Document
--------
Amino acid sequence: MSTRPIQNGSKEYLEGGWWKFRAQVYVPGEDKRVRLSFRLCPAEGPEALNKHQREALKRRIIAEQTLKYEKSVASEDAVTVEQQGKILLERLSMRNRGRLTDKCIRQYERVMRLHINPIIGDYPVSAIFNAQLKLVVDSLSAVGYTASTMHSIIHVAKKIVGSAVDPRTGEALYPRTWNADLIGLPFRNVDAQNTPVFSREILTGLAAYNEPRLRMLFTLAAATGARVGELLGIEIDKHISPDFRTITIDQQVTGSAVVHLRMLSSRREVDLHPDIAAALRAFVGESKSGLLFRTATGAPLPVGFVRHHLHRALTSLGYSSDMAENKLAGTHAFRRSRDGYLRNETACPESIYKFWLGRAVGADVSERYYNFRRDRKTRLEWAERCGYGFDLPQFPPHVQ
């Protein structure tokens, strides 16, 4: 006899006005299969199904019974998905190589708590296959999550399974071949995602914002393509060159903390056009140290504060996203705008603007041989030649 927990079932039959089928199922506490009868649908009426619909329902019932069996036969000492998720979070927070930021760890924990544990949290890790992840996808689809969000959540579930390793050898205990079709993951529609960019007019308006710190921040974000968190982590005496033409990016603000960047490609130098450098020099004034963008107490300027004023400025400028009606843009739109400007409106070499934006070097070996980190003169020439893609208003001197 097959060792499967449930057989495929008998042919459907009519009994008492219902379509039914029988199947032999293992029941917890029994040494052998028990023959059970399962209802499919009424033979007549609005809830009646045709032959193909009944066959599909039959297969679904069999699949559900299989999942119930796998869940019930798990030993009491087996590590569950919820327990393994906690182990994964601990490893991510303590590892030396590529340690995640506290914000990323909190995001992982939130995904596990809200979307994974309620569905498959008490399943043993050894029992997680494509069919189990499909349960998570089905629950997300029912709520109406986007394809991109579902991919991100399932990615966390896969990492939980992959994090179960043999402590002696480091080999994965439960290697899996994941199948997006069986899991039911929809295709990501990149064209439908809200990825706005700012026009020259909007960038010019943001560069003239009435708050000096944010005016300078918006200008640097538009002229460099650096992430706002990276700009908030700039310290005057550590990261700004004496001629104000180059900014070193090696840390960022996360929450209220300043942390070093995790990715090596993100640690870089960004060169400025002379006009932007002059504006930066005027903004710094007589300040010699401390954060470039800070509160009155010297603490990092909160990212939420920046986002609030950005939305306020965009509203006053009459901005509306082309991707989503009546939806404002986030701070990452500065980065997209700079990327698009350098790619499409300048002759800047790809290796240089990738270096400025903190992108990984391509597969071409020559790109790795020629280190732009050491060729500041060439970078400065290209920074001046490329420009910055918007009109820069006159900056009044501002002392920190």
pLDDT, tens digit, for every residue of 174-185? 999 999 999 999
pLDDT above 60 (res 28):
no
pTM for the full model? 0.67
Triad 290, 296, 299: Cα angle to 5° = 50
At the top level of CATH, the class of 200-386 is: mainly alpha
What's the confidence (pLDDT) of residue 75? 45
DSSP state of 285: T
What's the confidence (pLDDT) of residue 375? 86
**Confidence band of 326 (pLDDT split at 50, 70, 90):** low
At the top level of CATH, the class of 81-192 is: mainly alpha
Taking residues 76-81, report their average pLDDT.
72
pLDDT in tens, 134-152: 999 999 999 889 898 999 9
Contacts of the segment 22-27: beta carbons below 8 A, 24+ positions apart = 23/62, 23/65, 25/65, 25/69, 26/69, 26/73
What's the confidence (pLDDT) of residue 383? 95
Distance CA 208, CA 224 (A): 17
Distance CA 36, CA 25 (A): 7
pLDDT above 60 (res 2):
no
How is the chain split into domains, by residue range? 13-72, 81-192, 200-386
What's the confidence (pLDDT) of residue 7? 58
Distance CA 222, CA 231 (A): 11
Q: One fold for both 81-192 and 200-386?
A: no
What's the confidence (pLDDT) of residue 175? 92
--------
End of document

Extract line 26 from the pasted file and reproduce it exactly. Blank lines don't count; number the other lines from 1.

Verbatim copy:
Q: One fold for both 81-192 and 200-386?